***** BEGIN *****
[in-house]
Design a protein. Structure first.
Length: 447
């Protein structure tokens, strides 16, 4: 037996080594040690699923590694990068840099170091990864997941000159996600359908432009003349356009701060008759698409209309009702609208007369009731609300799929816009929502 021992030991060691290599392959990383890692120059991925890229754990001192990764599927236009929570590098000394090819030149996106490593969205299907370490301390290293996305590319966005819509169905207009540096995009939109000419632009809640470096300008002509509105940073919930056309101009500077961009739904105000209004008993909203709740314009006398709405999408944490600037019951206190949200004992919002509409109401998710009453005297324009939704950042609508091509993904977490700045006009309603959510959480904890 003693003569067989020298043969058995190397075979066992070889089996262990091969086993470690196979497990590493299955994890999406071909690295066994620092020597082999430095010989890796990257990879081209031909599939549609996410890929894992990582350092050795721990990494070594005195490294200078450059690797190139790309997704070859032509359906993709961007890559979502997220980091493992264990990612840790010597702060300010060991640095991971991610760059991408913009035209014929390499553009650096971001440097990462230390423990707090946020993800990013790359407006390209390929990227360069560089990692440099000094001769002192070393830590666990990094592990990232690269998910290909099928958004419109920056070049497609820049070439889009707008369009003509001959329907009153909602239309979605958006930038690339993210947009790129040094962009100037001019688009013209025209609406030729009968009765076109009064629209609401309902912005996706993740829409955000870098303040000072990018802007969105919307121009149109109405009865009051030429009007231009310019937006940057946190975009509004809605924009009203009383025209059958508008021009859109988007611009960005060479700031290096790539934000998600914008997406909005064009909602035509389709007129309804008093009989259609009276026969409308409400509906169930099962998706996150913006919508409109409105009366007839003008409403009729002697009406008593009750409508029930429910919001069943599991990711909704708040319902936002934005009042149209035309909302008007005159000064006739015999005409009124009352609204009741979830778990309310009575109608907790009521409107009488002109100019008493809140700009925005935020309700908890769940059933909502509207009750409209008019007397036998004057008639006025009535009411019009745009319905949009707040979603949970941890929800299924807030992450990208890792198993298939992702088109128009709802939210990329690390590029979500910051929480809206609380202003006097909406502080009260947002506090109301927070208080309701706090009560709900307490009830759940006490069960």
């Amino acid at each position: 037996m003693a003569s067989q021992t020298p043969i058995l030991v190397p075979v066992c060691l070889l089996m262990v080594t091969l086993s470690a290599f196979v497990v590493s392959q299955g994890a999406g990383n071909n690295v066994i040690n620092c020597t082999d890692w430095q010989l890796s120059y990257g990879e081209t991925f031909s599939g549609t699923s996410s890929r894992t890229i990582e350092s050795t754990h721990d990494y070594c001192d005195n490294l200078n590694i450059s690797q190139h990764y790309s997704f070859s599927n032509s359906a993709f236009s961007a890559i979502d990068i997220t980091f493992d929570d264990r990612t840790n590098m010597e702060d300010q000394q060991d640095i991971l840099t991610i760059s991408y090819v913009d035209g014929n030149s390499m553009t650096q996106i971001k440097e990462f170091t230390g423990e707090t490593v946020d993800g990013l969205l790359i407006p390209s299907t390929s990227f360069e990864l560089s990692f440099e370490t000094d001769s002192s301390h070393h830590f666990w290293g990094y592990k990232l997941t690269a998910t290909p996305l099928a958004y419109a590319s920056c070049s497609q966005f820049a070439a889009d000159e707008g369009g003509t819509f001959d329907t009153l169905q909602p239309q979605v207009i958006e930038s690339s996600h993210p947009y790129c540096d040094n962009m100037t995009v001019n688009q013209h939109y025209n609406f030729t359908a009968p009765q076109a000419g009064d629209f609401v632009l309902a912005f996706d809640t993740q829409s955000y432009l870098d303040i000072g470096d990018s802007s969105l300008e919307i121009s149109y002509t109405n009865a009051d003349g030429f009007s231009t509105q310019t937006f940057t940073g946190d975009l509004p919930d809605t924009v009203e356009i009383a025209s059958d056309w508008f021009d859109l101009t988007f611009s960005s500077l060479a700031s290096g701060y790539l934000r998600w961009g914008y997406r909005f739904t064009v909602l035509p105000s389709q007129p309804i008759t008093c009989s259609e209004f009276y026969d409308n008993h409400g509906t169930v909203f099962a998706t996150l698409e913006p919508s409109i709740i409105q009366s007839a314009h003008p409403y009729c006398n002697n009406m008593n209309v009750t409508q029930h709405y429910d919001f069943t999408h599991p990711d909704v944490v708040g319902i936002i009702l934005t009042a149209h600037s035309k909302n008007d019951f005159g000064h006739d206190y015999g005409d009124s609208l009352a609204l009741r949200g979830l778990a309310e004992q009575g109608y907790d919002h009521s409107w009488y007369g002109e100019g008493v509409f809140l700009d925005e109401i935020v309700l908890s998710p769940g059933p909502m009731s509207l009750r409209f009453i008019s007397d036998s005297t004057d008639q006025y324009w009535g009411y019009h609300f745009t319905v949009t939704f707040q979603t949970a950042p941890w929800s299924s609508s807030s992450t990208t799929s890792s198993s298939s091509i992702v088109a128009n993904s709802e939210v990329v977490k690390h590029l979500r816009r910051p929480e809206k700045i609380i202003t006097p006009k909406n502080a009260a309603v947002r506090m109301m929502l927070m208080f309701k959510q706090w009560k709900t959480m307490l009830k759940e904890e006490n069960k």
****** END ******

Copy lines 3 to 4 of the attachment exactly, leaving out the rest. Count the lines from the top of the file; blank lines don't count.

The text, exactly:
Length: 447
């Protein structure tokens, strides 16, 4: 037996080594040690699923590694990068840099170091990864997941000159996600359908432009003349356009701060008759698409209309009702609208007369009731609300799929816009929502 021992030991060691290599392959990383890692120059991925890229754990001192990764599927236009929570590098000394090819030149996106490593969205299907370490301390290293996305590319966005819509169905207009540096995009939109000419632009809640470096300008002509509105940073919930056309101009500077961009739904105000209004008993909203709740314009006398709405999408944490600037019951206190949200004992919002509409109401998710009453005297324009939704950042609508091509993904977490700045006009309603959510959480904890 003693003569067989020298043969058995190397075979066992070889089996262990091969086993470690196979497990590493299955994890999406071909690295066994620092020597082999430095010989890796990257990879081209031909599939549609996410890929894992990582350092050795721990990494070594005195490294200078450059690797190139790309997704070859032509359906993709961007890559979502997220980091493992264990990612840790010597702060300010060991640095991971991610760059991408913009035209014929390499553009650096971001440097990462230390423990707090946020993800990013790359407006390209390929990227360069560089990692440099000094001769002192070393830590666990990094592990990232690269998910290909099928958004419109920056070049497609820049070439889009707008369009003509001959329907009153909602239309979605958006930038690339993210947009790129040094962009100037001019688009013209025209609406030729009968009765076109009064629209609401309902912005996706993740829409955000870098303040000072990018802007969105919307121009149109109405009865009051030429009007231009310019937006940057946190975009509004809605924009009203009383025209059958508008021009859109988007611009960005060479700031290096790539934000998600914008997406909005064009909602035509389709007129309804008093009989259609009276026969409308409400509906169930099962998706996150913006919508409109409105009366007839003008409403009729002697009406008593009750409508029930429910919001069943599991990711909704708040319902936002934005009042149209035309909302008007005159000064006739015999005409009124009352609204009741979830778990309310009575109608907790009521409107009488002109100019008493809140700009925005935020309700908890769940059933909502509207009750409209008019007397036998004057008639006025009535009411019009745009319905949009707040979603949970941890929800299924807030992450990208890792198993298939992702088109128009709802939210990329690390590029979500910051929480809206609380202003006097909406502080009260947002506090109301927070208080309701706090009560709900307490009830759940006490069960």